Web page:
Many entrepreneurs go into business without truly knowing why. Leaders can identify and harness their purpose to take their business and life to the next level
I started my first business, Fit2Go when I was 24 years old. I saw a market gap and filled it. This was textbook entrepreneur stuff at an early age, but I made an all-too-common mistake: I worked for a full seven years before I truly understood why I was doing it.
Once I finally realized my purpose, I used it as the catalyst for multiple changes in my life and the lives of others. I created two other businesses—RawBar2Go and The Profit Recipe—the latter of which involved becoming a Professional EOS Implementer™ of the Entrepreneurial Operating System®.
My “Why” connected who I am to what I do. It restructured my approach to life and business, empowering me to live my life by design. And today, it’s my purpose to help other leaders do the same.
Starting with Fran and Simon
Through the Entrepreneurs Organization (EO), I met Fran Biderman-Gross, a NY based strategista and the CEO of Advantages Marketing Agency, and one of Simon Sinek’s case studies on how purpose creates alignment of teams and clarity of message.
Simon Sinek is the author of the bestseller Start with Why: How Great Leaders Inspire Everyone to Take Action and the speaker of one of the most successful TED Talks of all time. Sinek’s concepts can be neatly summarized by his Golden Circle model—it places What, How, and Why in concentric circles, with Why in the center—and his words, “We’d achieve more if we chase the dream instead of the competition.”
I went through a Why Discovery with Fran in 2013, and it changed my life. By putting words to something I already had in me, I was able to start filtering my decisions and aligning my actions to only act from a place of purpose. It created an awareness in me that helped me start building the business by design—so that I could live my life by design.
Once I uncovered my Why and my business was set up to run by design using EOS, I was able to start empowering leaders to self-reflect and go through the same journey. And that’s when Fran and I decided to build workshops to help leaders and their teams go through the Why Discovery process.
I use this emphasis on self-reflection to help my clients face their challenges. And often, many issues stem from disengagement. It’s like being lost and stuck in the rat race of a day-to-day routine, experiencing a disinterest that you can’t quite put your finger on. Basically, forgetting Why we do things means not being conscious of where we’re spending our time and our unique abilities—and both a business and an entrepreneur’s personal life will suffer without this focus.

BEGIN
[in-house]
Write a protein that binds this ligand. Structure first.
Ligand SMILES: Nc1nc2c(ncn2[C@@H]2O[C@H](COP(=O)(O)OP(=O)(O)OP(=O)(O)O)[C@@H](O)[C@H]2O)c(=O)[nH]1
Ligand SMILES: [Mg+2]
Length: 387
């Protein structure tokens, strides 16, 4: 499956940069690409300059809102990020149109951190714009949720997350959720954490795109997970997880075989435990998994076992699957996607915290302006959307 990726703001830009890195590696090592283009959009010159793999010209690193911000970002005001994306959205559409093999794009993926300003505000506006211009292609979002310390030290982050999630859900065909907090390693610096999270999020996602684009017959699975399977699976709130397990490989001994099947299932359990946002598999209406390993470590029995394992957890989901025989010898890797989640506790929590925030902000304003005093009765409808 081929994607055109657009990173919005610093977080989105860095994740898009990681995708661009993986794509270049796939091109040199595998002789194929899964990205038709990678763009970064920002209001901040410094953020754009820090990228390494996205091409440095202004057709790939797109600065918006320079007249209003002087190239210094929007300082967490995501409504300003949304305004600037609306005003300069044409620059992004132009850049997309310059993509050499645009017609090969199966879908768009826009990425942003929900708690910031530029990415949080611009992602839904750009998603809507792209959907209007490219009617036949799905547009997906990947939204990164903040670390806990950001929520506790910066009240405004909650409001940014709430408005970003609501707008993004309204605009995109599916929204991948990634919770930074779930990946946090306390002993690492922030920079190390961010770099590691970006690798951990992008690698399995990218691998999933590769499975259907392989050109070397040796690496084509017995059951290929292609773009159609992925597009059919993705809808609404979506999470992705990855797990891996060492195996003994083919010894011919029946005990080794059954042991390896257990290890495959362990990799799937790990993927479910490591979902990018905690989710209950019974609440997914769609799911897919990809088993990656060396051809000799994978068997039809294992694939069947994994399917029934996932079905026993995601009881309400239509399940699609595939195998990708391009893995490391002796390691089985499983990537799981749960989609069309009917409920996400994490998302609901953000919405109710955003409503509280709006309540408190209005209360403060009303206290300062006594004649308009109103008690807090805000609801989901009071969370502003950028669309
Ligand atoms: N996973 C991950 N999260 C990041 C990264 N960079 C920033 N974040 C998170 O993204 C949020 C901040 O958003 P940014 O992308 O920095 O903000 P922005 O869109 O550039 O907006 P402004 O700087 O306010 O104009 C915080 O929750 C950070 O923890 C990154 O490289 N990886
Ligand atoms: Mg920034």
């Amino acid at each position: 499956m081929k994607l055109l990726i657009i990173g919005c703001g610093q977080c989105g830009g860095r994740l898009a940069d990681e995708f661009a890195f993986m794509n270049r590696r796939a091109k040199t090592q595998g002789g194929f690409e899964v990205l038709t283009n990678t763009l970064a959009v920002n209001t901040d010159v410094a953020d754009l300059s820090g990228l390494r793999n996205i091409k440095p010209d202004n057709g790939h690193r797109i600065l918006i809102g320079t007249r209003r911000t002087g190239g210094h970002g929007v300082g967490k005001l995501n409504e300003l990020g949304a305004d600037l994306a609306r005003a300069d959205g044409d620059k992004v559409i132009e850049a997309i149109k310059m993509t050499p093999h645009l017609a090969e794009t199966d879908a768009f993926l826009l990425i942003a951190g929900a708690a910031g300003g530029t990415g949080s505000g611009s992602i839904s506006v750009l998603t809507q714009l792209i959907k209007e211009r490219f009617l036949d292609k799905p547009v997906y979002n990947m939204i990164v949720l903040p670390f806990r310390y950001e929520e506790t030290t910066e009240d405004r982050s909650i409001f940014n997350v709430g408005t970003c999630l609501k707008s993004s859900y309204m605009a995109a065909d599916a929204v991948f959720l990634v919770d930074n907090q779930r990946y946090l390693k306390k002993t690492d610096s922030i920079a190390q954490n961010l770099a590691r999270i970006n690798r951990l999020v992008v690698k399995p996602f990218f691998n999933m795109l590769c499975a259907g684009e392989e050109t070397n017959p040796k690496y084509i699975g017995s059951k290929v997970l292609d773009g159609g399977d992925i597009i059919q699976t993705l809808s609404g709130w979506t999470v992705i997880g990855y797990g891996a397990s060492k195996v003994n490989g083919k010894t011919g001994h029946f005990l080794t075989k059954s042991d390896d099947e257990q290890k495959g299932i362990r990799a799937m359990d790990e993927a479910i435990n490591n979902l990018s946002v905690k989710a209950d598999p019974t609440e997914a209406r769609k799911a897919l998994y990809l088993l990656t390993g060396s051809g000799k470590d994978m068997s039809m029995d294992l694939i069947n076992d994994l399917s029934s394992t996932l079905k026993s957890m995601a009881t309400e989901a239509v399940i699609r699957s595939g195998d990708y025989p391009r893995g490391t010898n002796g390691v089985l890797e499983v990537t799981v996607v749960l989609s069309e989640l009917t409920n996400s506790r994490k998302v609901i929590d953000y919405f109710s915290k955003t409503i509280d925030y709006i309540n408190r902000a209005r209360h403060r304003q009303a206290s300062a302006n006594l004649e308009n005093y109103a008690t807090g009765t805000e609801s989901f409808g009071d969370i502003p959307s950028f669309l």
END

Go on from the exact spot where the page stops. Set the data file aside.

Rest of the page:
My Why is empowering others to live life by design. I didn’t come up with that in a day; it took a little time and some reflection to understand it. A Why is something that every leader has yet they may go years without discovering it. But we can start to look for it in different patterns.
This may make this concept sound even more mysterious—though it actually isn’t—but a Why can be the result of both slow-burn wisdom and a sudden epiphany. The problem is that the longer it takes, the more time is wasted—and in business, time and purpose equal success. This is one of the reasons that my Why is to help entrepreneurs actively find theirs and quickly apply it to improve their lives.
The 7-year glitch
I was working, working, working at my first business for over seven years, developing a meal delivery company that was one of the first in the market. I was trying to change consumer behavior and leverage future trends early. Eventually, I became completely disengaged because it demanded so much and seemed to give so little in return. I found myself thinking “Why am I doing this?” There was a fundamental disconnect between who I was and what I did.
Even though the business grew 30 to 40% per year in the first years, I hit a plateau and didn’t know how to make it grow again. The business wasn’t growing as fast anymore because it wasn’t aligned with my purpose. I was in an “automatic entrepreneur” mode; I then decided to start two other businesses to make up for the lack of growth of the first one. I was starting more businesses just for the sake of growing revenue and capitalizing on a trending opportunity.